Tipping is a social norm in many countries and widely recognized as an anomalous behavior, in that a tip is common enough to have become expected when dealing with tipped industries (e.g., restaurants, bars, taxi trips), while at the same time defying rational-agent assumptions of economics. Such intriguing consumer behavior has led to its wide study across the world. However, most studies of tips and tipping behavior have suffered from a lack of data, relying on surveys and manually collected information. Here we analyze a dataset of 13 million taxi trips with their associated tips, in order to examine tips as they compare to the average income of the location from which the trip originated. We discovered that tipping behavior is temporally stable during either the time of the day or the day of the week. Also, when people tip, there is no statistically significant correlation between the amount tipped and the people’s income. However, passengers who do not leave any tip (i.e., the stiffers) exhibit consistent patterns both temporally and spatially in which the highest frequency of stiffers occurs around 4am, and the tendency of a passenger to stiff the taxi driver presents a strong negative correlation with income. The understanding of social behavior is important in ubiquitous computing in particular in smart-city contexts. A more complete understanding of human behavior is intrinsically linked to our ability to develop smarter cities.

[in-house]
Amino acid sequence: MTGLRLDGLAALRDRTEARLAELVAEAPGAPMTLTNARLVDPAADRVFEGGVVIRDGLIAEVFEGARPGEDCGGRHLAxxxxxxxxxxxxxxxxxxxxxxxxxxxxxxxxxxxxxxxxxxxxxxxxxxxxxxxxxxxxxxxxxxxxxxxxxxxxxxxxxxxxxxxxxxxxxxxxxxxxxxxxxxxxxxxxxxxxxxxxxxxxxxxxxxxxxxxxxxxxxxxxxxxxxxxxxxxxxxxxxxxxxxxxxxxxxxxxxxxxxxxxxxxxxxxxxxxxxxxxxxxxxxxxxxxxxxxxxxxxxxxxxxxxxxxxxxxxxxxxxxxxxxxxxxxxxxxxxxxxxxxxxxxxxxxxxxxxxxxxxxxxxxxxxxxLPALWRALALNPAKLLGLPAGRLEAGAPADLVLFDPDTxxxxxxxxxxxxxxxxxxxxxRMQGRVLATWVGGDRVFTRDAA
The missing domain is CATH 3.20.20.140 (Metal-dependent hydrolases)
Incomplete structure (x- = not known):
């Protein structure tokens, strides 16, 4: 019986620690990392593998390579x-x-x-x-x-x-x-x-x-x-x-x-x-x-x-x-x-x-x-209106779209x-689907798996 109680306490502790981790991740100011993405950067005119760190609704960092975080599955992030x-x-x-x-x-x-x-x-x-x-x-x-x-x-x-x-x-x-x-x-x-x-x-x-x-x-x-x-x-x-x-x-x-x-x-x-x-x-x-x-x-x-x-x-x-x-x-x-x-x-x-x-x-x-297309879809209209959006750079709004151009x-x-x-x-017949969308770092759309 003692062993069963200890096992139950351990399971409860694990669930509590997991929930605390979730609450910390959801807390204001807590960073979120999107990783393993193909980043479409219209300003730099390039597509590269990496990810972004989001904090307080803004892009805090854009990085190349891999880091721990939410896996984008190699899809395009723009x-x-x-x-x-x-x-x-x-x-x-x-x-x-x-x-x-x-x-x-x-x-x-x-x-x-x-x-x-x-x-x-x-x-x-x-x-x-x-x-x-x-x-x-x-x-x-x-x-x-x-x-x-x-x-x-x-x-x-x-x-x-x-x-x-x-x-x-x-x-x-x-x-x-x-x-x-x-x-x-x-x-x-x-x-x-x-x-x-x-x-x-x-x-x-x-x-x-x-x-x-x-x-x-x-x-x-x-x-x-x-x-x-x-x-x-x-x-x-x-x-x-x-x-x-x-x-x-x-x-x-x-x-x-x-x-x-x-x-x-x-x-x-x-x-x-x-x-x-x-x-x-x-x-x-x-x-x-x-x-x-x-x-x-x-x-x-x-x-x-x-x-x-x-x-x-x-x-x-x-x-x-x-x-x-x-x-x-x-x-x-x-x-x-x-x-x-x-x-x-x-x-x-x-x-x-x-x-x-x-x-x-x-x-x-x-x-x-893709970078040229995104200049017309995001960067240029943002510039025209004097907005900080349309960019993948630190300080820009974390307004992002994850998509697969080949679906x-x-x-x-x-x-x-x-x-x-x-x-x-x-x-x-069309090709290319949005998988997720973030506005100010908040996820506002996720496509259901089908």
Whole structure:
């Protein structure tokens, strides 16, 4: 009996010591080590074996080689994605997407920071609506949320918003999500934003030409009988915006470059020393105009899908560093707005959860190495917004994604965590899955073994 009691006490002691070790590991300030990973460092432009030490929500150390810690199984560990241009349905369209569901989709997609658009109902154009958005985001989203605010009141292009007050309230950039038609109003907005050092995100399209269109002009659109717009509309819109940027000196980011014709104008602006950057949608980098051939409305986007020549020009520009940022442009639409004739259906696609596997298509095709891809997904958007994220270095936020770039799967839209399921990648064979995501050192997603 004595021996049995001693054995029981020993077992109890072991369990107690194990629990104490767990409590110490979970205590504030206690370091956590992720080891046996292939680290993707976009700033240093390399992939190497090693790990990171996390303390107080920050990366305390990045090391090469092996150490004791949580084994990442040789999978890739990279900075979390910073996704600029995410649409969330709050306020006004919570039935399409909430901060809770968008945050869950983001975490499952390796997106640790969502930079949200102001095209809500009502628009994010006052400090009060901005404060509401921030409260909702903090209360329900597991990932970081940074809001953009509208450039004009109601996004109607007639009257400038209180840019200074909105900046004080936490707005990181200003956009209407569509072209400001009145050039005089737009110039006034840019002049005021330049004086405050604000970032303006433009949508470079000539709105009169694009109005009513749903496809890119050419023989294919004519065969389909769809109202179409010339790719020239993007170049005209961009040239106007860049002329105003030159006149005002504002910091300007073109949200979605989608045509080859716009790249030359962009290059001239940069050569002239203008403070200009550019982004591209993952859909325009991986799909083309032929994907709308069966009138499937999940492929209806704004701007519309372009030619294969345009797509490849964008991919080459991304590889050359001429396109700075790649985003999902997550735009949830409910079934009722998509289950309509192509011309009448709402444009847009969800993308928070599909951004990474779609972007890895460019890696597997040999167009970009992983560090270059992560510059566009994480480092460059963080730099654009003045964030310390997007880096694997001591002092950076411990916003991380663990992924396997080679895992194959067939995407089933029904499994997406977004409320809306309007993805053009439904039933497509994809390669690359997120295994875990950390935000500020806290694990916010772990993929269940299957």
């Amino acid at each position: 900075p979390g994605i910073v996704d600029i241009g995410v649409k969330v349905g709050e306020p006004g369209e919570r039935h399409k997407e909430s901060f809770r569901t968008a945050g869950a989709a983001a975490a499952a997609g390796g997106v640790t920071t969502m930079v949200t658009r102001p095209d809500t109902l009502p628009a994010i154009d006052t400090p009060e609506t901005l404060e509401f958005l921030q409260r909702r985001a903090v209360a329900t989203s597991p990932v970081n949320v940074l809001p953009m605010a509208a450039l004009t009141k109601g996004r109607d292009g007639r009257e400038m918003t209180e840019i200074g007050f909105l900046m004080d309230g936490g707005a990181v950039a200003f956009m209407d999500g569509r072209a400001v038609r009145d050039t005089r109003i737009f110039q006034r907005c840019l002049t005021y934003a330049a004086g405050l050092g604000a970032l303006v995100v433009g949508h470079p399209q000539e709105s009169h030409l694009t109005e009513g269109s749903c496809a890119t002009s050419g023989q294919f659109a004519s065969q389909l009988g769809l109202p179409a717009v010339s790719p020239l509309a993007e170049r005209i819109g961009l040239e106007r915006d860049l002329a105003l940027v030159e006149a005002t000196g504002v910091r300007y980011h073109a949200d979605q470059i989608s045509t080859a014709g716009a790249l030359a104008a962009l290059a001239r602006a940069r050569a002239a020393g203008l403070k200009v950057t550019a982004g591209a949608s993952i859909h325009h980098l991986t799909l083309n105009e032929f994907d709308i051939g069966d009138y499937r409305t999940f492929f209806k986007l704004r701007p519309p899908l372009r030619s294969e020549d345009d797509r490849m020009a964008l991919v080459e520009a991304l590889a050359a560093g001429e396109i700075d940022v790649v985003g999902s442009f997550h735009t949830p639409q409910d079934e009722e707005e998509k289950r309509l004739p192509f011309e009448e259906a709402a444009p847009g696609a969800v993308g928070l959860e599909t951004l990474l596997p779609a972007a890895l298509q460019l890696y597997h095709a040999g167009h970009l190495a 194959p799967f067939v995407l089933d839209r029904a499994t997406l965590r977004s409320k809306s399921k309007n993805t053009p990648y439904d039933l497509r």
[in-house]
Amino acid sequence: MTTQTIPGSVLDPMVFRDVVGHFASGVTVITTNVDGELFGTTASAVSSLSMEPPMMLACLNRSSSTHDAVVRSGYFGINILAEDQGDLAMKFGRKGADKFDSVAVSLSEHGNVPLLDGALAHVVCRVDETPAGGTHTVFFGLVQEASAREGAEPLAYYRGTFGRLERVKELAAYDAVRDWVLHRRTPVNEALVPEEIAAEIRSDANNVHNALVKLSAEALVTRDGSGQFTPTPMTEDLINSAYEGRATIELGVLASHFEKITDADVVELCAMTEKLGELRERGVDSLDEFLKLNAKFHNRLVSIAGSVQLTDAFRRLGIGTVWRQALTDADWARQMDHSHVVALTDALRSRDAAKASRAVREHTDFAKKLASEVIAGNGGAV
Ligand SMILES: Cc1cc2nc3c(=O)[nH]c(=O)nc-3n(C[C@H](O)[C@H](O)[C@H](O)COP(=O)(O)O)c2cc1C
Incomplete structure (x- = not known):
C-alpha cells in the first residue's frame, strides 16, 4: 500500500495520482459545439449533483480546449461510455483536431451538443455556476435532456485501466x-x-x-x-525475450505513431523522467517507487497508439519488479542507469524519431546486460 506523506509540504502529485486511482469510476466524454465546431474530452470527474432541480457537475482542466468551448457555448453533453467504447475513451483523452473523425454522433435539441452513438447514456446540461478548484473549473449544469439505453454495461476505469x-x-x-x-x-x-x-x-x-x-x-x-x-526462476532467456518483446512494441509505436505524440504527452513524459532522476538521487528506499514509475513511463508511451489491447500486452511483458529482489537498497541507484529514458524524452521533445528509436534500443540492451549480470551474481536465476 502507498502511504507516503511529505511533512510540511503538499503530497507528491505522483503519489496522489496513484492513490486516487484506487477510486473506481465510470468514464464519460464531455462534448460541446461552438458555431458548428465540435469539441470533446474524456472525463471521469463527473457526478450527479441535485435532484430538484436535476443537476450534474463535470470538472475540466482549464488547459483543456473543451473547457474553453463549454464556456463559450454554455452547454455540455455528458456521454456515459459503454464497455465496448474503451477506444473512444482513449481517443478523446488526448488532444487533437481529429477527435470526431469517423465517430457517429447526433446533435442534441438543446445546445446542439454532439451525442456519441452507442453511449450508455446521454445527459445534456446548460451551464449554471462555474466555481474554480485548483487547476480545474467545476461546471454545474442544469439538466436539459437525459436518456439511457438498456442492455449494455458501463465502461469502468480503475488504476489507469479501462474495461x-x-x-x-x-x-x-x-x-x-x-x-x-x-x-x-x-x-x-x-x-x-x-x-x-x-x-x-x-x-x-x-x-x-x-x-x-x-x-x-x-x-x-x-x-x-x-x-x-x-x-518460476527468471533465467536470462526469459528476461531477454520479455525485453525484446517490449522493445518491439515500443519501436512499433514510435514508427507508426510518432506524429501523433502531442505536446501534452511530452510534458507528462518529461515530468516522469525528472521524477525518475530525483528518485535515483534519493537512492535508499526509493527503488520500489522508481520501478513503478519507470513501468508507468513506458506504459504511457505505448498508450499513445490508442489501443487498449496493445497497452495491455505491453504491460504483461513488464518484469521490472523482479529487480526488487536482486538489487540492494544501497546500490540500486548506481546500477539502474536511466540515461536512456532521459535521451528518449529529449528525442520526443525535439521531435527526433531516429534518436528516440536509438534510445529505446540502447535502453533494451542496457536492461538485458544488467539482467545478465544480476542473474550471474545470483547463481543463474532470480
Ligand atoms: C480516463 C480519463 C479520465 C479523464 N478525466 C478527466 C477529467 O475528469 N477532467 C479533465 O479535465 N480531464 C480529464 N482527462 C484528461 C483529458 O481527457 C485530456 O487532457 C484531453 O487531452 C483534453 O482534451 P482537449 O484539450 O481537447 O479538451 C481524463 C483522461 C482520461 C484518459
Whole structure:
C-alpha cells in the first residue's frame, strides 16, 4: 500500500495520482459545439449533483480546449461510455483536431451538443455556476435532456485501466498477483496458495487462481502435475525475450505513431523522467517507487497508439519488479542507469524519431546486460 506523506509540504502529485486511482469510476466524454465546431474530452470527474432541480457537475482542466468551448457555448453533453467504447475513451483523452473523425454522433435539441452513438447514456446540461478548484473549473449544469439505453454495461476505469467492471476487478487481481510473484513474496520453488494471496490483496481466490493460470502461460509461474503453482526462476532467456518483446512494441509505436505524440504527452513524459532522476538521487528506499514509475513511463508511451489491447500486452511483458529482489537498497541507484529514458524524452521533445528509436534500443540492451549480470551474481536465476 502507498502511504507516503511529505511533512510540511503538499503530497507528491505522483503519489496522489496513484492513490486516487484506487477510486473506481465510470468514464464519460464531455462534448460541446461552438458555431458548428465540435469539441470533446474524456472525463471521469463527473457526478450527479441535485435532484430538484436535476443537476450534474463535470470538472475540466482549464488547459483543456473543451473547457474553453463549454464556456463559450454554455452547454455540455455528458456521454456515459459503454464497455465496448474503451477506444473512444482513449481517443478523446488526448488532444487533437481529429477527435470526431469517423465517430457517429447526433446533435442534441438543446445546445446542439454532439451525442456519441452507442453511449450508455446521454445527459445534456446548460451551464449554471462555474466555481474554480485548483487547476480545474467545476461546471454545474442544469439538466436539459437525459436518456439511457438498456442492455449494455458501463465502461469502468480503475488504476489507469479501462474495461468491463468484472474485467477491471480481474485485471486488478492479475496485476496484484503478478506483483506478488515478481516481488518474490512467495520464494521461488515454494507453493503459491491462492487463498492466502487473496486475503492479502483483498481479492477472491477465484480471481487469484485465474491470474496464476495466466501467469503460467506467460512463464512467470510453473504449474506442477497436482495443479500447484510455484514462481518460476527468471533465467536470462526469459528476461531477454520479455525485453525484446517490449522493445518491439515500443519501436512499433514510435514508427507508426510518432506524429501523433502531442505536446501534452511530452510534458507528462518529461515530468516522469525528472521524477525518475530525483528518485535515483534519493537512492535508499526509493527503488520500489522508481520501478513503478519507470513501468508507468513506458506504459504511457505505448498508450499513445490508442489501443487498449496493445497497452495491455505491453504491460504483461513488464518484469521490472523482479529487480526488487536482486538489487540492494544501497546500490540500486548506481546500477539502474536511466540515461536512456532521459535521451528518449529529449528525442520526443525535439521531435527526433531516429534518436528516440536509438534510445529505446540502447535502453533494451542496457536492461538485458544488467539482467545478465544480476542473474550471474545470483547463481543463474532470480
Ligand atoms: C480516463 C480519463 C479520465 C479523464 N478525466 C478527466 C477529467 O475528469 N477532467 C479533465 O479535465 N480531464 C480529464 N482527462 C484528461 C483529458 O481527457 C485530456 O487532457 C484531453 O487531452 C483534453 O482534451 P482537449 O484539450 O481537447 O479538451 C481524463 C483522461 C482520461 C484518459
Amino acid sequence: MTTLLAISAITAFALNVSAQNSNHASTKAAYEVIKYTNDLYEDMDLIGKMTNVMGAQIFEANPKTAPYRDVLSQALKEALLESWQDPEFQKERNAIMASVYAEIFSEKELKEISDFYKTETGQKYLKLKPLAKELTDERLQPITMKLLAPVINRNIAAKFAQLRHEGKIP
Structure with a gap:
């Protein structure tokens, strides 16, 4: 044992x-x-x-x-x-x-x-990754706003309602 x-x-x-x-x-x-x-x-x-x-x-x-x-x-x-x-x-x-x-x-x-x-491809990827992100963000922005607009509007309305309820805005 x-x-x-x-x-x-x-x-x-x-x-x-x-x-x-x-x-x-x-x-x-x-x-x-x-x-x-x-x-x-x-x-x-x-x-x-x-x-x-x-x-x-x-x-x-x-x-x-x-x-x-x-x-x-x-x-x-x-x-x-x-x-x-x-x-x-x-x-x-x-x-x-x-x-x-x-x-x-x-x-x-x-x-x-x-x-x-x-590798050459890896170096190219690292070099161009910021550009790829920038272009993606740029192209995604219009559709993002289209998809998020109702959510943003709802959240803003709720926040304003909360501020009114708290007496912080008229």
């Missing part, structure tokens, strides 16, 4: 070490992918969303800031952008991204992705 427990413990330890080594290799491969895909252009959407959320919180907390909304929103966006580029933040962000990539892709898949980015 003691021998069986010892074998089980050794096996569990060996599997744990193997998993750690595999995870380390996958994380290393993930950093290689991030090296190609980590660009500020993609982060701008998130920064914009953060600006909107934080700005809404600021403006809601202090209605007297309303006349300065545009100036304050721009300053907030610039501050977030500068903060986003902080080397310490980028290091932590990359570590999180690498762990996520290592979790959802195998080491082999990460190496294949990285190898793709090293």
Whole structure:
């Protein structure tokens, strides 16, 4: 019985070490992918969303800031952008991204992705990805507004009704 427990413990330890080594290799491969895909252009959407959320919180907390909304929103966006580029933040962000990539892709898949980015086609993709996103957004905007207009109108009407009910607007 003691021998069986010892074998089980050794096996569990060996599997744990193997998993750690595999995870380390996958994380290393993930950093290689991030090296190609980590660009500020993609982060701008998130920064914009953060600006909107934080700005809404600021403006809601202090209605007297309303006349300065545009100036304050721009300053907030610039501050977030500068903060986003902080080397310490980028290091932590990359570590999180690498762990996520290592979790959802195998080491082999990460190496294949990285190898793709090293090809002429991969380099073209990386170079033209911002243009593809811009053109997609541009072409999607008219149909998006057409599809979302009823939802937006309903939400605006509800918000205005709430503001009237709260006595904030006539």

IEEE Ubiquitous Intelligence and Computing, San Francisco, California, USA. 2017.
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